This isn’t like me. I occasionally have a tear spring to my eye during ‘Watching The Wheels’ by John Lennon, and I’ve never coped well with ‘Bohemian Rhapsody’ since Freddie died (13 years ago this Wednesday gone- I meant to post about it). I occasionally feel sad when I listen to The Doors, and hearing my Jimmy singing ‘The Crystal Ship’ during The Banger Sisters yesterday (good movie, btw) made me feel sad. I get angry-sad listening to Philip Lynott singing “I took your love and I abused it” a full fifteen years before he actually fulfilled that prophecy. Sometimes I even feel melancholy listening to my dearest Dino. But I don’t cry. Songs can make me sad, but they rarely inspire tears. Circumstances surrounding them might- I sobbed like a fucking baby the first time I heard ‘The Art of Dying’ after George died. But rarely songs themselves. Rarely.
So I wonder to myself, why does Ronnie Drew singing about a nameless, faceless Australian soldier make tears stream down my eyes like I’m a hurt little girl with a grazed knee?
This is why: John Lennon being killed was a tragedy. Jim and Philip and Freddie and George dying too soon are tragedies. None of it really compares to war, though. They left behind a family each, but war destroys thousands of families in one swift blow. War involves the Less Thans dying while the More Thans play God and Politics. War sends the able to do the unwilling’s dirty work. How many senators and congressmen and MPs have children involved in things around the world right now? How many Wal Mart and McDonalds employees have children involved?
We always promise never to forget, but somehow I have to wonder if we do forget the really important thing: Not that those brave, wonderful men in 1914 or 1939 died and were injured fighting for our freedom, but that they died and were injured so it wouldn’t have to happen again. My grandad went to North Africa and Italy and Yugoslavia so his as-yet unborn children and grandchildren would be free, but also so that they would live in peace. I’m not saying that certain things should be allowed to continue- Saddam Hussein ruling over his people with an iron fist isn’t my kind of peace- but we must ask ourselves why we’re still fighting, who is doing that fighting and how many more people will have to fill the military cemeteries around the world before humanity finally learns the lessons that the millions of unknown soldiers tried to teach us.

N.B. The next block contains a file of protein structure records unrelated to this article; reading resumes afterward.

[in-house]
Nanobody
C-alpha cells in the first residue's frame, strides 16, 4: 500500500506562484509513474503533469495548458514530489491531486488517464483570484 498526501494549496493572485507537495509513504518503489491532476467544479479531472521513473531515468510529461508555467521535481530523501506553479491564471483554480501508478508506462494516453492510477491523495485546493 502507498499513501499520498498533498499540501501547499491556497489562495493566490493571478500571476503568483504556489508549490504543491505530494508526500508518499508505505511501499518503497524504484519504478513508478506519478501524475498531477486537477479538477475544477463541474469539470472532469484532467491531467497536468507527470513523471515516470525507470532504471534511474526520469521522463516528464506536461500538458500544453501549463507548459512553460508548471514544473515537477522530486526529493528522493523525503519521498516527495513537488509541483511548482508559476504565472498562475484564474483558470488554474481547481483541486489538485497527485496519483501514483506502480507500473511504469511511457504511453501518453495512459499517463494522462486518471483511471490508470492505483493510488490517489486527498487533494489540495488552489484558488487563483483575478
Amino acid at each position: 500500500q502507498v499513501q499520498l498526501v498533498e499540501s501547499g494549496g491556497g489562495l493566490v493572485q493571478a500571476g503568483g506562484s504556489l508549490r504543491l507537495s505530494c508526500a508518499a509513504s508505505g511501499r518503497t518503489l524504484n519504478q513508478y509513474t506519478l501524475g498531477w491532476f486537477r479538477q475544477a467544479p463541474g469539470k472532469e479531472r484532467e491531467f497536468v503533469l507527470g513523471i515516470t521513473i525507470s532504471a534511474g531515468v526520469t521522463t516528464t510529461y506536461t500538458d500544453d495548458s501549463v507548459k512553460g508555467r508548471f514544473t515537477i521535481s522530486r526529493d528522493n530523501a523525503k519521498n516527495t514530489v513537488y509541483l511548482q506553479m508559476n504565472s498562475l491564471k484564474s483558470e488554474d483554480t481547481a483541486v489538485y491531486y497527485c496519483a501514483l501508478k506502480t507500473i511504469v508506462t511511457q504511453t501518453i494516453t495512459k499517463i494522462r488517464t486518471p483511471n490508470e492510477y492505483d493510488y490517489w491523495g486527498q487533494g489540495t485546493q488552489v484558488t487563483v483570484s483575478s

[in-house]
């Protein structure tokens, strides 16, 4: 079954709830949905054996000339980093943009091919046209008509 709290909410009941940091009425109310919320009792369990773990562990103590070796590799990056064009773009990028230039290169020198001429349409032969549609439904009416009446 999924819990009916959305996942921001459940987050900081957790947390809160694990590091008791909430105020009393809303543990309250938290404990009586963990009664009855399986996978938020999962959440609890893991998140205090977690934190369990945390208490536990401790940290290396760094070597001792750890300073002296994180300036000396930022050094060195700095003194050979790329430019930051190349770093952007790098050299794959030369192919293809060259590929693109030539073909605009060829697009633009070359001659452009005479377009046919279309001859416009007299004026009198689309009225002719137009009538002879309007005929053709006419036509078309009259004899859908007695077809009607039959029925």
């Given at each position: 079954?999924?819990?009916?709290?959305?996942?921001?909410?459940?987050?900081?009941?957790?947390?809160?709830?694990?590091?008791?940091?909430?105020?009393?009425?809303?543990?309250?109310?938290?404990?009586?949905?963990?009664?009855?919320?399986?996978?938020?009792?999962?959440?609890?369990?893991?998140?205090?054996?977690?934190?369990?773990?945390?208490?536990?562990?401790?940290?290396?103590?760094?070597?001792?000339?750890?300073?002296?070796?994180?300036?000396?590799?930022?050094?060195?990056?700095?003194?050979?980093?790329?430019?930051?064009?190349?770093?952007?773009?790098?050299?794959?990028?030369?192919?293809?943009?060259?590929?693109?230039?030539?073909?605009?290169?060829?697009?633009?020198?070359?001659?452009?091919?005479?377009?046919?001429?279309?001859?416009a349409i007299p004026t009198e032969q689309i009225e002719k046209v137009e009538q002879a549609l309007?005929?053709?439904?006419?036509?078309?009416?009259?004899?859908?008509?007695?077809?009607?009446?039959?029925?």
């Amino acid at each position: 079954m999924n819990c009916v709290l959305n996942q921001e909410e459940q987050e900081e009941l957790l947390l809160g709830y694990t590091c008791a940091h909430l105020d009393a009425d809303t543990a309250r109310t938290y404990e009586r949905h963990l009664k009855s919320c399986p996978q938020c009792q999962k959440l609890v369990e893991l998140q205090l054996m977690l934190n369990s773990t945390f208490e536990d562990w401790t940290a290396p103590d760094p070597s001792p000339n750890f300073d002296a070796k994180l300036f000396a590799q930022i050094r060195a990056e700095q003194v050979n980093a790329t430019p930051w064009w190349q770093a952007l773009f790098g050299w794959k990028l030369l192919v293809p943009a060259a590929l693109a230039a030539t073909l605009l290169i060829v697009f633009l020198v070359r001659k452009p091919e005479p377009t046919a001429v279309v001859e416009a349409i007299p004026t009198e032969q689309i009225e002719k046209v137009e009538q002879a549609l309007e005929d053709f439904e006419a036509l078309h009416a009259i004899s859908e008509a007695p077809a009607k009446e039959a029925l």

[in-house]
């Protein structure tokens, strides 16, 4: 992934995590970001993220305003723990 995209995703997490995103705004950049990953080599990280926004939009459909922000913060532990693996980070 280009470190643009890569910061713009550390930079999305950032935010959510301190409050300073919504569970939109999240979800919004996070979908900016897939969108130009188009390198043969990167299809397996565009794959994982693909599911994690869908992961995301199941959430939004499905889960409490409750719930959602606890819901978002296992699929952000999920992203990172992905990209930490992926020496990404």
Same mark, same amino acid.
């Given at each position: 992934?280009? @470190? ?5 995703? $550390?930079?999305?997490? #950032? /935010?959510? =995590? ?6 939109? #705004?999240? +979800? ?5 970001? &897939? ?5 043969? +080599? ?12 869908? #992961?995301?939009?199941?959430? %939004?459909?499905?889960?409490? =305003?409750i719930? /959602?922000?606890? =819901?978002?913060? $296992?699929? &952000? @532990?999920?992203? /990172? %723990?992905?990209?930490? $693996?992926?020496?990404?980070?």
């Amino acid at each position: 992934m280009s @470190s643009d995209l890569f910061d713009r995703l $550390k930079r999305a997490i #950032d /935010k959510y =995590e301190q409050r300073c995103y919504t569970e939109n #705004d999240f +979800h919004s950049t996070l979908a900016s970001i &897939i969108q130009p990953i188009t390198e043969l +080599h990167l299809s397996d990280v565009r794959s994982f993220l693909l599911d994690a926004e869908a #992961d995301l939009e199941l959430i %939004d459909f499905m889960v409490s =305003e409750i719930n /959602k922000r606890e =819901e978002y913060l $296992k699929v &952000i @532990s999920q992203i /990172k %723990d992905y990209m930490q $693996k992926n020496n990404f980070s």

We no longer live in a world of cowboys and warriors, and it’s time we started acting like it. Not just leaders of any political persuasion, but the rest of us too. My granddad didn’t fight the equivalent of a D-Day a week (roughly) so we could ruin the world, and neither did the thousands of grandfathers, fathers and sons who didn’t return from the sand and mud.
But the band played Waltzing Matilda
As we stopped to bury our slain
We buried ours and the Turks buried theirs
Then we started all over again.